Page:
March 26, 2005

Last week
I was once again in Spain,
a country dear to my heart, because I spent five years of my youth living
there. It is indeed a very special country. Forty years ago Spain and Venezuela found each other in exactly
the opposite positions they find themselves in today. Venezuela was
then a rich country, just out of a dictatorship, trying to make sense of how a
democracy worked. The country had a strong economy, a strong currency and the
private sector was thriving. Spain
on the other hand was a fairly poor country, under the Franco Dictatorship
which dictated how things should be done. Tourism was the main industry in Spain, as the
state tried to push into various areas, ovreregulating the private sector.

Today, the
two countries have taken very different paths and the results are diametrically
the opposite. Spain
is prosperous, the private sector is thriving and they enjoy unprecedented
levels of freedom and democracy. Venezuela on the other hand has
become a relatively poor country, as the standard of living has gone down
significantly in the last twenty five years.

Obviously,
there were complex cultural and educational variables involved in the different
paths taken by the two countries. But in the end, the difference boils down to
one country (Spain) choosing the private sector as its main driver, while the
other one (Venezuela) has been bogged down for forty years in the belief that
this weird form of state capitalism is the solution, even if our current
President claims now to be a socialist.

Chavez is
right when he says that the forty years of democracy were a failure. But the
path he is following is precisely the one that led to the errors of the last
forty years. He has magnified and emphasized the mistakes of the past, taking
the country in the same path that so obviously failed in the 70s and 80s. There
is simply one difference: During the forty years of democracy that preceded
Chavez, there were checks and balances that showed the mistakes that were being
made. Currently Chavez controls everything and any criticism or challenge to
his authority leads nowhere.

In the 60s
Spain
had no oil companies, a state telecom company, little science and an overly
regulated banking system. Venezuela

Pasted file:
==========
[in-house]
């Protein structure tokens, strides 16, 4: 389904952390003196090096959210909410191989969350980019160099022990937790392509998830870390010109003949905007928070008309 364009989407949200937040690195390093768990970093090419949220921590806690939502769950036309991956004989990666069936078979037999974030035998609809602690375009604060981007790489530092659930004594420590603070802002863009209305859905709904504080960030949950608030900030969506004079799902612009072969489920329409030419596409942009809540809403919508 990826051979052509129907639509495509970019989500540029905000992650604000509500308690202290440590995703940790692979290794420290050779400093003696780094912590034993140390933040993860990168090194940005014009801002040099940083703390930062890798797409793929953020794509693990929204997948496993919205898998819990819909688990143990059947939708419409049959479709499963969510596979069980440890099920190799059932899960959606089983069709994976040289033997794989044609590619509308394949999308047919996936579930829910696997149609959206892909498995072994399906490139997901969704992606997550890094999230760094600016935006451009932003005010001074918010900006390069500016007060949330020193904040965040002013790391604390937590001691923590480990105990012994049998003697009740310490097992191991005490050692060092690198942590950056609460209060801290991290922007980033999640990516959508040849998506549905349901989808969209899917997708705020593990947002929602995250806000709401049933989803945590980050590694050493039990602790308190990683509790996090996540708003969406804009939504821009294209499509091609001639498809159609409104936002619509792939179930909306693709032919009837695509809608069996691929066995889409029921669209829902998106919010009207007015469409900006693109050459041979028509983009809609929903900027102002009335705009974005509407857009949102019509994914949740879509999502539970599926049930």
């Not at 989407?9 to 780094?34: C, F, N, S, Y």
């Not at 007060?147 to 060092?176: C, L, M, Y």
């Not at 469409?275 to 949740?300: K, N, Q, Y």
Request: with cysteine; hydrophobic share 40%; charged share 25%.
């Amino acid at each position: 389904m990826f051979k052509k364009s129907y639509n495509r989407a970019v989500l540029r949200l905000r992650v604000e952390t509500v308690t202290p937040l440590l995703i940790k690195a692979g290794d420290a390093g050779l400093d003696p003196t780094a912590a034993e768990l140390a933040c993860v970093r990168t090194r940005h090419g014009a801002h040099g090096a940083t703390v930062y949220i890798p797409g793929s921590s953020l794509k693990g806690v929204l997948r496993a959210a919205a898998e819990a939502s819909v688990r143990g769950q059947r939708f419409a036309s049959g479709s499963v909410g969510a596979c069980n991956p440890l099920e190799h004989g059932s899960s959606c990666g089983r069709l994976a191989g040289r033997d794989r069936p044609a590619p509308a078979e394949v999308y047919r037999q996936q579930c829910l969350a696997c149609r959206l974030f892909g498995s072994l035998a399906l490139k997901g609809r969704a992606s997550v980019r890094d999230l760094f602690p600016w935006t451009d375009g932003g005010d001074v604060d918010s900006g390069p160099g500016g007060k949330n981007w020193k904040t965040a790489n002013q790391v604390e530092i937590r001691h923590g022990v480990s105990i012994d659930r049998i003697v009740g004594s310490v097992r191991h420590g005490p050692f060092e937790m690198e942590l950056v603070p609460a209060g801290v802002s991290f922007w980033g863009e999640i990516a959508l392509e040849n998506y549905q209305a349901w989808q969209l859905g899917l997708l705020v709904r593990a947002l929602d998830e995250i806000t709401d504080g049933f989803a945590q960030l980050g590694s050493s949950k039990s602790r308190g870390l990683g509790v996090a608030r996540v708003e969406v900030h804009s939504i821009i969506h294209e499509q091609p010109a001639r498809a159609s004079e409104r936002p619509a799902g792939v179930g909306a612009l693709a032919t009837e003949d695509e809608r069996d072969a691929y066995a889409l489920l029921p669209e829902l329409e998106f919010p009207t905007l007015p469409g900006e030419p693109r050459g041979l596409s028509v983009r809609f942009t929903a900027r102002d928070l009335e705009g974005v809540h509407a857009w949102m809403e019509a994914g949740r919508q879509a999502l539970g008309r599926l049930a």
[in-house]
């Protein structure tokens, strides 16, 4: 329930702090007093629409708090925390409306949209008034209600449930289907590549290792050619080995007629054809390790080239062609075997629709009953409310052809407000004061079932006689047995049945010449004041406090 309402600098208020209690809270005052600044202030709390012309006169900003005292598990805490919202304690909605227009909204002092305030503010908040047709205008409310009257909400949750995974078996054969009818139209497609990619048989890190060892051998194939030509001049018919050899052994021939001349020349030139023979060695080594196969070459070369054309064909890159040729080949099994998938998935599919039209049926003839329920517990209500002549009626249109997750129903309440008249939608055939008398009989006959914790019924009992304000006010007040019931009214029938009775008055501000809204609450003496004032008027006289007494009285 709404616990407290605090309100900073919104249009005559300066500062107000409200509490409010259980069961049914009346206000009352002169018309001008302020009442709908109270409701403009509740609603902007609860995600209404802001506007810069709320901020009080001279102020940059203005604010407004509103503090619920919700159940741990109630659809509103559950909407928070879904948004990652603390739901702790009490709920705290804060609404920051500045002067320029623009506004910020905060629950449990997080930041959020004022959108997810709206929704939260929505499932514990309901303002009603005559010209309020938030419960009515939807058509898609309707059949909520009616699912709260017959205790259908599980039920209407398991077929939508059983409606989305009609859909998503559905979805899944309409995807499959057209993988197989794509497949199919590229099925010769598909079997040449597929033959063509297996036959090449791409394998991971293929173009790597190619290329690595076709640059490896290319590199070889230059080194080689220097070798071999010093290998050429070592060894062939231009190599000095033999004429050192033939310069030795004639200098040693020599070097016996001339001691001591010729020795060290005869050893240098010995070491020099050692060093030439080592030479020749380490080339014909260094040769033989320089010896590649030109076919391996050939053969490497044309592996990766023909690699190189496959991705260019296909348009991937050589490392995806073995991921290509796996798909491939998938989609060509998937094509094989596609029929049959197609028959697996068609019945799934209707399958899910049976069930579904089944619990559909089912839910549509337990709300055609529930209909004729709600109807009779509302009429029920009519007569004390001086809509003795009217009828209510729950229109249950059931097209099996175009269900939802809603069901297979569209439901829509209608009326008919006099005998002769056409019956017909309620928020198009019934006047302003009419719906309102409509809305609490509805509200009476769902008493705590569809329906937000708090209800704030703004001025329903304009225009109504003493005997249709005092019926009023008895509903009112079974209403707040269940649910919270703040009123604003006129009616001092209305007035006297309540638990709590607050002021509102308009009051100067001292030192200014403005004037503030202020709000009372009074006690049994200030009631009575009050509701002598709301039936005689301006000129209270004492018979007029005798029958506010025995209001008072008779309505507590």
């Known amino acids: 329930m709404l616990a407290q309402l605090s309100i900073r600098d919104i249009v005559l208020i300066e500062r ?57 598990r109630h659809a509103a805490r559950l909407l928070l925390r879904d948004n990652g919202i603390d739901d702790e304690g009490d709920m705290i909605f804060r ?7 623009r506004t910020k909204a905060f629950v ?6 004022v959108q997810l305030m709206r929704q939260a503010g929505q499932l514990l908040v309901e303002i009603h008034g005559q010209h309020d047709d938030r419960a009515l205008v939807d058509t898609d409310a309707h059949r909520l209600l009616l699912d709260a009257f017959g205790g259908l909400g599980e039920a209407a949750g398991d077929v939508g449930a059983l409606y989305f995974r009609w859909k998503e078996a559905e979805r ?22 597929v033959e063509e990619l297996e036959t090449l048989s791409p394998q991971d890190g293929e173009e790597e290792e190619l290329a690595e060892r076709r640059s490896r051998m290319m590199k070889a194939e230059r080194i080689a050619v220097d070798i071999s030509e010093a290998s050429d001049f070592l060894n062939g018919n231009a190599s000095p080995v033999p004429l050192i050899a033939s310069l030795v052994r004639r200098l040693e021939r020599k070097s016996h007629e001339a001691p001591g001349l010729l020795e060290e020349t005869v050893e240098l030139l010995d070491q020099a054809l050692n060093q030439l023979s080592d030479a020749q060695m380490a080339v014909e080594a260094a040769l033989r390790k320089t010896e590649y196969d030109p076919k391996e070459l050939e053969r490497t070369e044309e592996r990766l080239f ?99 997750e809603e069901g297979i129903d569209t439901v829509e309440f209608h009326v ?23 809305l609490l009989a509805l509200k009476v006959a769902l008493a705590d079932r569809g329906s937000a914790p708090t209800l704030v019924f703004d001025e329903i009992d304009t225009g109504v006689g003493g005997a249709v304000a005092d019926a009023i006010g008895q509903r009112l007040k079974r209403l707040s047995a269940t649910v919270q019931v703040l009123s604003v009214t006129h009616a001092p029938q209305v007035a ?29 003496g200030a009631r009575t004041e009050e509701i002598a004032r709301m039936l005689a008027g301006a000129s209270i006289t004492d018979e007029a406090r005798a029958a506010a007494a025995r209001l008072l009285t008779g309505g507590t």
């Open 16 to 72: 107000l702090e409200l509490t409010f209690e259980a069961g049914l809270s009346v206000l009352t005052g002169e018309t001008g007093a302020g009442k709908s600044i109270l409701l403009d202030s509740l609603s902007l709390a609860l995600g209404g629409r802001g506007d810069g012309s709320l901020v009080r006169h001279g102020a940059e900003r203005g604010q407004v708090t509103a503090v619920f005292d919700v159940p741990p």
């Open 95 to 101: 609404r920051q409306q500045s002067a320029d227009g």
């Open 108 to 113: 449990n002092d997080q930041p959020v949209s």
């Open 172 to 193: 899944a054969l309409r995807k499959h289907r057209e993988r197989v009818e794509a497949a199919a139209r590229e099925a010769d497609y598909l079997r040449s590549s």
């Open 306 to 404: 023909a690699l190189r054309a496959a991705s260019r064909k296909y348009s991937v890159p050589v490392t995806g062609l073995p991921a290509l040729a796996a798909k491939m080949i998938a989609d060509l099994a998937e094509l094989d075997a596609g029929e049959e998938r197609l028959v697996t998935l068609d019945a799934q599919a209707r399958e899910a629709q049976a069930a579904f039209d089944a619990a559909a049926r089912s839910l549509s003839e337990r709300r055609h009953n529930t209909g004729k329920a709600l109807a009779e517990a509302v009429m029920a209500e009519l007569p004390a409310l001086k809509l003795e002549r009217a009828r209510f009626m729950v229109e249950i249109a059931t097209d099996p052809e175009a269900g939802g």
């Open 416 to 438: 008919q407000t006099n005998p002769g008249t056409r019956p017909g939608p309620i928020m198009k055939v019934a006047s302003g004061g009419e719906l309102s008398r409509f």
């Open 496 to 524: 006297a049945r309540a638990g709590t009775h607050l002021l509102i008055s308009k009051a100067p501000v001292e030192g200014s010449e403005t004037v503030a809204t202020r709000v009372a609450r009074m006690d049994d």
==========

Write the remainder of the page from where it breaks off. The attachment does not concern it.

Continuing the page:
on the other hand had oil concessions and a Government owned Oil Company, a
state telecom company, a small but world class scientific community and a
banking system that was overly regulated.

By the
time the seventies came around, the two countries took very different directions.
Venezuela
nationalized the whole oil industry, imposed further regulations on the banking
system and did not let go of the telecom company until 1991. Oil prices went up
and the Government created myriads of new Government enterprise,s thinking that
was the way to grow the economy.

Spain followed a different road.
Telefonica was completely privatized and the Government did not get too
involved in running new enterprises. After Francos death in 1975 the socialists
took over and actually gave the private sector even more of a free hand, the
economy grew, Spain joined the European community and the rest is simply
history.

Venezuela on the other hand was late in
privatizing. Late in closing most of these money losing Government enterprises
and has continues to this day to overregulated the private sector, including
three separate episodes of exchange and export controls in the last twenty
years.

While I am
obviously oversimplifying, lets look at a few economic areas and what has been
different between these two countries:

Agriculture: Spain was strong in certain areas
of agriculture, particularly orchards, olives, olive oil and wines. Not much has
changed in the last forty years except the emphasis on these same areas of
strength and not self-sufficiency. Yesterdays olive and wine cooperatives have
led to luxury brands run by the kids of the members of the cooperatives and
mechanization has increased yields. Fewer people live in rural areas, but
production is up.

By
contrast, Venezuela